Downtown-based Universal Standard Housing is trying to create more workforce housing in Los Angeles and sees modular building as the way to do it.
In 2019, the group completed its first project, a four-story, 111-unit apartment complex at 4252 S. Crenshaw Blvd. The property has studios and one-bedroom units, and amenities include a rooftop deck.
USH founder Drew Orenstein has a background in multifamily projects around L.A.
He has developed affordable and Class A housing but wanted to do something different with the company.
“As we started to get deep into the cycle, I recognized a need to explore other areas of the housing sector,” he said, adding that while there are plenty of Class A housing projects, and some affordable housing projects, very little is built as workforce housing.
The company’s projects are meant for people making $40,000 to $80,000 a year.
Orenstein said those individuals don’t qualify for affordable housing but often can’t afford new luxury units.
USH offers “dramatically less expensive rents (compared to) other new products.”
“We wanted to provide them with an option for a newer product, which was doable for them, and provide them with better value,” Orenstein said.
Studio apartments at 4252 Crenshaw, for example, start at $1,350 a month.
To get new projects built quickly and affordably, the company has used modular units.
With modular construction, the foundation and land prep are done while units are manufactured off site. Once the units are brought to the site, they are installed in a matter of days.
This approach allows owners to save money by getting projects built faster and tenants into the units sooner.
Orenstein called the use of modular units an “industrialized approach, a manufactured approach to develop housing in a controlled manner.”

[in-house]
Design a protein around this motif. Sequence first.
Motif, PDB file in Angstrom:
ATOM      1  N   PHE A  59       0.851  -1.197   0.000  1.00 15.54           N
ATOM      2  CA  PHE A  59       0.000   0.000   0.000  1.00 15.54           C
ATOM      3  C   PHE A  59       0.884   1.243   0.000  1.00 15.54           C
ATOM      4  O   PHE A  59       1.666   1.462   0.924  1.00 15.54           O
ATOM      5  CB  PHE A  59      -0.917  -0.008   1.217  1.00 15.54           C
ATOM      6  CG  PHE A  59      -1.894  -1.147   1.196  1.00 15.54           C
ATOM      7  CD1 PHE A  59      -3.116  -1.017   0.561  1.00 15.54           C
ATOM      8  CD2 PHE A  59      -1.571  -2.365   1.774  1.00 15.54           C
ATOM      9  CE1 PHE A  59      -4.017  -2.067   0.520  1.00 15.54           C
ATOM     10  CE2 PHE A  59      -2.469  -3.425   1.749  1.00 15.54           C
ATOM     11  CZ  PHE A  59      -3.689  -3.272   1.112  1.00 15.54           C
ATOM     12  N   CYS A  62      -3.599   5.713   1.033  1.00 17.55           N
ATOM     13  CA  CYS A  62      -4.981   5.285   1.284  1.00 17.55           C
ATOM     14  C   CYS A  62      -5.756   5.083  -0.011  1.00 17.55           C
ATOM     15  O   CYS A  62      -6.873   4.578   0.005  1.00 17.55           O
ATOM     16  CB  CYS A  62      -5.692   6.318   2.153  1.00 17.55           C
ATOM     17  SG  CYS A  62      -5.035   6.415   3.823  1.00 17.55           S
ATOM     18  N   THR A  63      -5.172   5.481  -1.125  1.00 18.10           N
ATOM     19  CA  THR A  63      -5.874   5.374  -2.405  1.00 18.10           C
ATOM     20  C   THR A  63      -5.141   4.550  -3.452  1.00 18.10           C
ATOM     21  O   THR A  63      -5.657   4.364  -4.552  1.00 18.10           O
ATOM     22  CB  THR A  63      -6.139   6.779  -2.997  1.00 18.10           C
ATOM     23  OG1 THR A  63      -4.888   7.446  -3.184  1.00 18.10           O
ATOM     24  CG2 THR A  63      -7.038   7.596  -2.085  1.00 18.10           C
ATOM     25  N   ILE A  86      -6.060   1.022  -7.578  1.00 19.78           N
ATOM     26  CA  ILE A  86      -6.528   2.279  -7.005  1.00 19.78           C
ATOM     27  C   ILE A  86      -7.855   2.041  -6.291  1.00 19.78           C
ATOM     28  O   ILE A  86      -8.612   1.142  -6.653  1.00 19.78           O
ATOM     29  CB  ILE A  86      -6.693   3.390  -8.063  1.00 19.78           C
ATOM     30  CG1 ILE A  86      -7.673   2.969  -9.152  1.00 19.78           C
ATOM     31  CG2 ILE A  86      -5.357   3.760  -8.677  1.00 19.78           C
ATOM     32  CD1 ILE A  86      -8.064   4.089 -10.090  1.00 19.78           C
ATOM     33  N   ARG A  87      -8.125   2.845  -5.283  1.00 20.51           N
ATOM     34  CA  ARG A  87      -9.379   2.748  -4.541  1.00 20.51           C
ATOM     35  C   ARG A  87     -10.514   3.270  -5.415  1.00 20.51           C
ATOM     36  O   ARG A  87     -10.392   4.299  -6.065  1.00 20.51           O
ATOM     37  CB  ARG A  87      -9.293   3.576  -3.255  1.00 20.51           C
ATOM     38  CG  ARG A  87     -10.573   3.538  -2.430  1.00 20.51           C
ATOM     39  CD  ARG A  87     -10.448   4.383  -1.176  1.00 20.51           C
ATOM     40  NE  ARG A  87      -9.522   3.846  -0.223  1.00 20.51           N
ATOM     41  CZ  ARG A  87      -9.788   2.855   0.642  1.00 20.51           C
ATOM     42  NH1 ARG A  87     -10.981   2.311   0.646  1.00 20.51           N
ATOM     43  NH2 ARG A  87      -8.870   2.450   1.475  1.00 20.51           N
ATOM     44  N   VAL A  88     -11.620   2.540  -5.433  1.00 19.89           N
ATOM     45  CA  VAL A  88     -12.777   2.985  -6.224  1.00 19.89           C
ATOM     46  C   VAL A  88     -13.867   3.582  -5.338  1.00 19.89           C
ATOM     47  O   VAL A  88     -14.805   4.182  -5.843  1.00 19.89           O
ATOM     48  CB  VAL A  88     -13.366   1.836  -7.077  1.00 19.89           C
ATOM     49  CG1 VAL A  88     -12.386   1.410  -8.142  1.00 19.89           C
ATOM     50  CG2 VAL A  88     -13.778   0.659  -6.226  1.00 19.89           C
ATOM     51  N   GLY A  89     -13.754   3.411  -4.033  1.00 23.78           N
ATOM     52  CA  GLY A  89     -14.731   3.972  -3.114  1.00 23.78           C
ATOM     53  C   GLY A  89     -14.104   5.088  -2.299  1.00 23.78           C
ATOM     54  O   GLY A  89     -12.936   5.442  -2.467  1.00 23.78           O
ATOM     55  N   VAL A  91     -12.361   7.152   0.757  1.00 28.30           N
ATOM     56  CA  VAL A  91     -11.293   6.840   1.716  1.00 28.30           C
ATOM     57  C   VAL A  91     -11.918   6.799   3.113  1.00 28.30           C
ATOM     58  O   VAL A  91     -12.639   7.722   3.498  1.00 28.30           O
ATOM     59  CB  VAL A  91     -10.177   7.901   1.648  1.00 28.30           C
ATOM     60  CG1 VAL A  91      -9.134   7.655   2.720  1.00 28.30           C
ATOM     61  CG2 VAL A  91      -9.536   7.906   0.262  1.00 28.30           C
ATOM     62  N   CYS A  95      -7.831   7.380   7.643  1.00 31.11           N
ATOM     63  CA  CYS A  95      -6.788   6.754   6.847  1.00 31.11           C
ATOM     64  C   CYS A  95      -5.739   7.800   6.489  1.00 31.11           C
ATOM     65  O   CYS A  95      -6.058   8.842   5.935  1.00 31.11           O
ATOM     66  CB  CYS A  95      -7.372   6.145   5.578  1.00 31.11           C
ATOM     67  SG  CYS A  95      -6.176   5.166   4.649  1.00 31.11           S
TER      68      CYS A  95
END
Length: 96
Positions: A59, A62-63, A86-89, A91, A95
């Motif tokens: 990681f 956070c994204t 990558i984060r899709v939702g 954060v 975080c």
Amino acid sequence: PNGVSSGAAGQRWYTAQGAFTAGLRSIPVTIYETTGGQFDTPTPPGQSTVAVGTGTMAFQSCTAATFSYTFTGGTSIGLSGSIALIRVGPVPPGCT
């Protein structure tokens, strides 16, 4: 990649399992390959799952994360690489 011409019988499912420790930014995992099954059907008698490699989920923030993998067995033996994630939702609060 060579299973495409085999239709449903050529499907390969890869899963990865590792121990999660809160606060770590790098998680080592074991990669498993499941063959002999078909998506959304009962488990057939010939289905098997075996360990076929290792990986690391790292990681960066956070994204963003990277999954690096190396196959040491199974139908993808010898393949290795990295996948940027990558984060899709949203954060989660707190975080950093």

The company recently received a $17 million tax credit from the state, which it will put toward additional growth.
“It’s a testament to the business plan and how well we are aligned with the governor’s goals,” said Eduardo Santana, the company’s vice president of external relations. “It’s going to help us. It’s another source of cost savings, which will be passed on.”
Next up for the company is an 80-unit project at 740 S. Alvarado St. and opening a plant. The Alvarado Street project is under construction.
USH has an additional 3,500 units in other stages around L.A.
Santana added that the company was largely focused on areas near public transit.
The company is also looking to open a plant near its projects, according to Orenstein, to “increase our capacity to build housing.”
Orenstein said units would likely first come out of the factory for the next year.
He added that the company does not see itself in competition with traditional builders who take a one-off approach with new builds.
The modular approach, he said, offers a roughly 50% savings of time.
“It’s new, and that’s exciting. In an industry that’s been so stagnant for so long, that can be a little bit scary,” Orenstein said.
In the next few years, he said, the company plans to aggressively acquire more sites and “capture and serve as much of that (housing) shortfall as possible for the Southern California region.”
“We don’t consider ourselves the only solution, but we are an important part of that solution,” Santana said of L.A.’s housing shortage.
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